For attorneys who have little time to spare and minimal background in poverty law, pro bono work for Legal Aid clients can seem unrealistic or intimidating. Jesse Branner of Bricker & Eckler is an excellent example of how a large firm associate can incorporate pro bono into her practice while not sacrificing professional development.
Jesse grew up on a farm in Southeastern Ohio, received her undergraduate degree from Ohio University and her JD from Capital University Law School. While participating in Capital’s Legal Clinic, she realized her interest in providing legal service to people who cannot afford it. Jesse then joined Bricker & Eckler as a new associate in their Creditors’ Rights & Bankruptcy group. Her firm immediately encouraged her to volunteer her time with LASC.
As a result of her own motivation bolstered by her firm’s support, Jesse has volunteered for a number of LASC programs, including the annual Homeless Veterans Stand Down legal clinic, the Volunteer Resource Center Consumer Project, and the brief advice clinic at the Run the Race Club—a partnership between Bricker & Eckler, Jones Day and JP Morgan Chase in-house counsel. In total, she donated more than 45 hours—an impressive number considering her demanding schedule.
In addition to building crucial litigation skills, pro bono case representation affords new lawyers access to other members of the larger firms with whom they would not otherwise interact. By co-counseling with more senior attorneys on cases referred by the LASC Volunteer Resource Center, Jesse has been able to use her pro bono cases to “strengthen relationships with partners and other attorneys in the firm.”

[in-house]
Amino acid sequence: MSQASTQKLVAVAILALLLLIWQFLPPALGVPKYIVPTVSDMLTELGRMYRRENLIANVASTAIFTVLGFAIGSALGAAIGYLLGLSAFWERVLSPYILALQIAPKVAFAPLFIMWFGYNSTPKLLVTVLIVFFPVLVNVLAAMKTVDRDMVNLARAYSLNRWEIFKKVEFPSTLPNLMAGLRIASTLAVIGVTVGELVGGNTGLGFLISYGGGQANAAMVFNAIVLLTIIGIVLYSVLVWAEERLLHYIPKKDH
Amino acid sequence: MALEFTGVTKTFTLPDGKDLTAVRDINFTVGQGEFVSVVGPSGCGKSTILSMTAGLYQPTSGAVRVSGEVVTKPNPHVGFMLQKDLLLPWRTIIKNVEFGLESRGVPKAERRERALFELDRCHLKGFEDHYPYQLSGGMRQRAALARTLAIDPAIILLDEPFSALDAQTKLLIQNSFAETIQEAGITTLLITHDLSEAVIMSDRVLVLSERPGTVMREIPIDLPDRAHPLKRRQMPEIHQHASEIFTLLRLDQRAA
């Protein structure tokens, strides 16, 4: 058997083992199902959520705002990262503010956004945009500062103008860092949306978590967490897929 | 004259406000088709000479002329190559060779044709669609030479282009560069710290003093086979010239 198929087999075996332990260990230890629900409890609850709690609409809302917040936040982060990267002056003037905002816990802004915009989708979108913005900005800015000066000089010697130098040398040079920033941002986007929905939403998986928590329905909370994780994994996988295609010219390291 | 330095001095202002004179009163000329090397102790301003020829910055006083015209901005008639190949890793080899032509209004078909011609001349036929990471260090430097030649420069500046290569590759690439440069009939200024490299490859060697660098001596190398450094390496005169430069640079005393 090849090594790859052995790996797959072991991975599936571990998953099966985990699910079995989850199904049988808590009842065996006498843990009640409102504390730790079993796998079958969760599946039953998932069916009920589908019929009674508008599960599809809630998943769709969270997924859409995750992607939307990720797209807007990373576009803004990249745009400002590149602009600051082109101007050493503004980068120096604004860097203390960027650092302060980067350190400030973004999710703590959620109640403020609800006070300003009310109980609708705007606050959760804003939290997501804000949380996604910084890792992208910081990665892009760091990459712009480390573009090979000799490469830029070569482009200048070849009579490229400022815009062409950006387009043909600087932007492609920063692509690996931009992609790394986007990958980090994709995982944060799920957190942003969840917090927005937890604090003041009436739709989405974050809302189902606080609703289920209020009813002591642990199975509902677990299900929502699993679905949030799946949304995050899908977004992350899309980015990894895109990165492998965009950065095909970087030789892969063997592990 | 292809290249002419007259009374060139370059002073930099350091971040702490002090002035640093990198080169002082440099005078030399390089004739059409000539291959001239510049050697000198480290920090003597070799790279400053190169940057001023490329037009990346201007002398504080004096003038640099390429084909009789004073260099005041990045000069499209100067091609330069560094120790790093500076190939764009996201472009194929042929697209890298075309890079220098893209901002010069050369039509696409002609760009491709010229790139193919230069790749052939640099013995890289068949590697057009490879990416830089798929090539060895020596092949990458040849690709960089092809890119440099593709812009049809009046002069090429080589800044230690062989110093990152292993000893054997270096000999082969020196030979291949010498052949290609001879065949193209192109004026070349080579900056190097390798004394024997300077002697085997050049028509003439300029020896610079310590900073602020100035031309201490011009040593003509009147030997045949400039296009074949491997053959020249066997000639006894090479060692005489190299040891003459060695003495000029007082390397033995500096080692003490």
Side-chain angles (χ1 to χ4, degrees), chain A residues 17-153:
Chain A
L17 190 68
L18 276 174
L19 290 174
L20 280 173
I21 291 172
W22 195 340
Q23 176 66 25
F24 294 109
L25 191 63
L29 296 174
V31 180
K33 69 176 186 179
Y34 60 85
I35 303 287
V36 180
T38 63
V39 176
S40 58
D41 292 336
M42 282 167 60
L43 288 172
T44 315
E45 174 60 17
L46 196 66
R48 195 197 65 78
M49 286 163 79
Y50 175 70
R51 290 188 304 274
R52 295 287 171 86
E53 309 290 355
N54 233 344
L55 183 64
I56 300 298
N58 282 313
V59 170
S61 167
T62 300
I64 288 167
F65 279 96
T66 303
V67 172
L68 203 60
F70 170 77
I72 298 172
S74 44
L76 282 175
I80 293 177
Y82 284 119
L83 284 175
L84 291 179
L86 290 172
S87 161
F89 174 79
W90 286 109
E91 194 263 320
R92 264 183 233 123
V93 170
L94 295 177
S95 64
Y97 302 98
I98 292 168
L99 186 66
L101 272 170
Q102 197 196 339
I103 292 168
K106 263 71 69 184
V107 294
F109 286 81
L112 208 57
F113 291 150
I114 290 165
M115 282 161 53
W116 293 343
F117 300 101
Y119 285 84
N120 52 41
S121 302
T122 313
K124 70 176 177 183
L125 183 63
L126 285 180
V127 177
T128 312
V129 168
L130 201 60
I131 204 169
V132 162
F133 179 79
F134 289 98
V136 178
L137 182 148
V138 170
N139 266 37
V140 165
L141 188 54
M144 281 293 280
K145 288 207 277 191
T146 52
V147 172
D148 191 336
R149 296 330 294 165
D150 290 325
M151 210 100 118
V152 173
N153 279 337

To ensure that they are not sacrificing their quality of work or quality of life, new attorneys should be realistic about how much time they can commit: “Give yourself permission to start slow,” Jesse advises. “Brief advice clinics are a great starting point – you show up for a few hours, talk to clients, and leave. This is often issue spotting and directing clients to the appropriate services, and you don’t take any of the clients with you.”
For those attorneys who handle cases referred from LASC, developing one’s own pro bono niche also helps ensure that the undertaking is still manageable. For example, Jesse has taken several consumer cases in a row. “I suggest finding a type of case that you are comfortable with and focusing on those. You become more efficient with representing clients when you understand exactly what the process will look like. Even minimal attorney work can drastically improve a low-income client’s position.” That being said, the client’s issues are both interesting and compelling: “I enjoy the variety of matters, and helping folks resolve an immediate, and usually very serious legal problem.”
Although it is not easy, Jesse’s volunteer responsibilities do not feel like a chore. “Working on my pro bono cases is such a nice change of pace from my normal practice, that it doesn’t always feel like work.”
In the end, volunteering one’s time is about the people you are helping, and helping people feels really good. “Each one of my pro bono clients has been incredibly grateful, and truly appreciates what we are able to accomplish for them,” Jesse reflects. “Even if we don’t arrive at the desired result, they always say thank you and recognize our effort.”
LASC would like to thank Jesse for her efforts and her continued commitment to use her valuable skills and time to help people in need to access the legal system.
For more information on how you can volunteer, visit our Get Involved section.